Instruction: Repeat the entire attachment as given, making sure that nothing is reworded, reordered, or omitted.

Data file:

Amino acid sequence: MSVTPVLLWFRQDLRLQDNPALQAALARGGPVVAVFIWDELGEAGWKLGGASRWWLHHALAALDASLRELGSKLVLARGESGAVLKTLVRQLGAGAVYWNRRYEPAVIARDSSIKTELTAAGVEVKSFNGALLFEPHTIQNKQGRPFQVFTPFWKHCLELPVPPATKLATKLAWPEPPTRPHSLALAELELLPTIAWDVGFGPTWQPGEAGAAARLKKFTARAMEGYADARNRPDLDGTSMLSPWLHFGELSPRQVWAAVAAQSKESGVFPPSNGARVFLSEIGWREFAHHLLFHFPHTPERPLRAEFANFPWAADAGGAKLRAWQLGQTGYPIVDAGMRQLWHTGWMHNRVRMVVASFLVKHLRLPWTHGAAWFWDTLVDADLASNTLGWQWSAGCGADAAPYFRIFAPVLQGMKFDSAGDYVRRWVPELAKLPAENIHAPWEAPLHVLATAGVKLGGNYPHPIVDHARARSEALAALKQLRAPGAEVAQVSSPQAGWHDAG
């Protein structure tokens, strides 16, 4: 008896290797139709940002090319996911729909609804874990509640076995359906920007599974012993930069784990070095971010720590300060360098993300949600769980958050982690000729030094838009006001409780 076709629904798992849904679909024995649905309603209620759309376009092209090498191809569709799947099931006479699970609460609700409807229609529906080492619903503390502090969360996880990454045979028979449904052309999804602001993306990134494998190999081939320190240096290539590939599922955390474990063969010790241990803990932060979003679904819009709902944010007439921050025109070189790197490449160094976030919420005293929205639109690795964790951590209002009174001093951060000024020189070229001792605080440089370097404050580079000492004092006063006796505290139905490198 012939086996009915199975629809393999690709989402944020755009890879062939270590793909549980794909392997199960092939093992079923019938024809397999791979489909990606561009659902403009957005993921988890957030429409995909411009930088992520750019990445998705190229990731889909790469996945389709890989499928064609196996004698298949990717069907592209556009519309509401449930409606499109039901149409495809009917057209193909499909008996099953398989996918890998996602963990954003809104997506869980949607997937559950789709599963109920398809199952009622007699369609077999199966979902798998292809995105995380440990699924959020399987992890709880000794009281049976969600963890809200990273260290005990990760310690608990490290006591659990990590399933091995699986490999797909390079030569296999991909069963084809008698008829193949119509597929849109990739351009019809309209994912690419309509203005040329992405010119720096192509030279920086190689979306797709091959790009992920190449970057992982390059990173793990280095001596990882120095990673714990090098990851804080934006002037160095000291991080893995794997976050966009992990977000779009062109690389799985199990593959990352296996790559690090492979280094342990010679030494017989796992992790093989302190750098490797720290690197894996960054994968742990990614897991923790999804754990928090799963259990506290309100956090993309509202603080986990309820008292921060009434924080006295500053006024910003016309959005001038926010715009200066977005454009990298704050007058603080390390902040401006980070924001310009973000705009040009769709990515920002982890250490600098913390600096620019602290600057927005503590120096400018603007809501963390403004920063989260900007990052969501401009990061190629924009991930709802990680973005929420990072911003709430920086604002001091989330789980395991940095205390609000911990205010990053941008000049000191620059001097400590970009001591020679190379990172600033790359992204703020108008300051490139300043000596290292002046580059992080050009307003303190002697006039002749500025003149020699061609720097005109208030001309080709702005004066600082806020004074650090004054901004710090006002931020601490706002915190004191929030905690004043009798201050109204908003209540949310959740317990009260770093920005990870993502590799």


Amino acid sequence: MSVTPVLLWFRQDLRLQDNPALQAALARGGPVVAVFIWDELGEAGWKLGGASRWWLHHALAALDASLRELGSKLVLARGESGAVLKTLVRQLGAGAVYWNRRYEPAVIARDSSIKTELTAAGVEVKSFNGALLFEPHTIQNKQGRPFQVFTPFWKHCLELPVPPATKLATKLAWPEPPTRPHSLALAELELLPTIAWDVGFGPTWQPGEAGAAARLKKFTARAMEGYADARNRPDLDGTSMLSPWLHFGELSPRQVWAAVAAQSKESGVFPPSNGARVFLSEIGWREFAHHLLFHFPHTPERPLRAEFANFPWAADAGGAKLRAWQLGQTGYPIVDAGMRQLWHTGWMHNRVRMVVASFLVKHLRLPWTHGAAWFWDTLVDADLASNTLGWQWSAGCGADAAPYFRIFAPVLQGMKFDSAGDYVRRWVPELAKLPAENIHAPWEAPLHVLATAGVKLGGNYPHPIVDHARARSEALAALKQLRAPGAEVAQVSSPQAGWHDAG
């Protein structure tokens, strides 16, 4: 008896290797139709940002090319996911729909609804874990509640076995359906920007599974012993930069784990070095971010720590300060360098993300949600769980958050982690000729030094838009006001409780 076709629904798992849904679909024995649905309603209620759309376009092209090498191809569709799947099931006479699970609460609700409807229609529906080492619903503390502090969360996880990454045979028979449904052309999804602001993306990134494998190999081939320190240096290539590939599922955390474990063969010790241990803990932060979003679904819009709902944010007439921050025109070189790197490449160094976030919420005293929205639109690795964790951590209002009174001093951060000024020189070229001792605080440089370097404050580079000492004092006063006796505290139905490198 012939086996009915199975629809393999690709989402944020755009890879062939270590793909549980794909392997199960092939093992079923019938024809397999791979489909990606561009659902403009957005993921988890957030429409995909411009930088992520750019990445998705190229990731889909790469996945389709890989499928064609196996004698298949990717069907592209556009519309509401449930409606499109039901149409495809009917057209193909499909008996099953398989996918890998996602963990954003809104997506869980949607997937559950789709599963109920398809199952009622007699369609077999199966979902798998292809995105995380440990699924959020399987992890709880000794009281049976969600963890809200990273260290005990990760310690608990490290006591659990990590399933091995699986490999797909390079030569296999991909069963084809008698008829193949119509597929849109990739351009019809309209994912690419309509203005040329992405010119720096192509030279920086190689979306797709091959790009992920190449970057992982390059990173793990280095001596990882120095990673714990090098990851804080934006002037160095000291991080893995794997976050966009992990977000779009062109690389799985199990593959990352296996790559690090492979280094342990010679030494017989796992992790093989302190750098490797720290690197894996960054994968742990990614897991923790999804754990928090799963259990506290309100956090993309509202603080986990309820008292921060009434924080006295500053006024910003016309959005001038926010715009200066977005454009990298704050007058603080390390902040401006980070924001310009973000705009040009769709990515920002982890250490600098913390600096620019602290600057927005503590120096400018603007809501963390403004920063989260900007990052969501401009990061190629924009991930709802990680973005929420990072911003709430920086604002001091989330789980395991940095205390609000911990205010990053941008000049000191620059001097400590970009001591020679190379990172600033790359992204703020108008300051490139300043000596290292002046580059992080050009307003303190002697006039002749500025003149020699061609720097005109208030001309080709702005004066600082806020004074650090004054901004710090006002931020601490706002915190004191929030905690004043009798201050109204908003209540949310959740317990009260770093920005990870993502590799």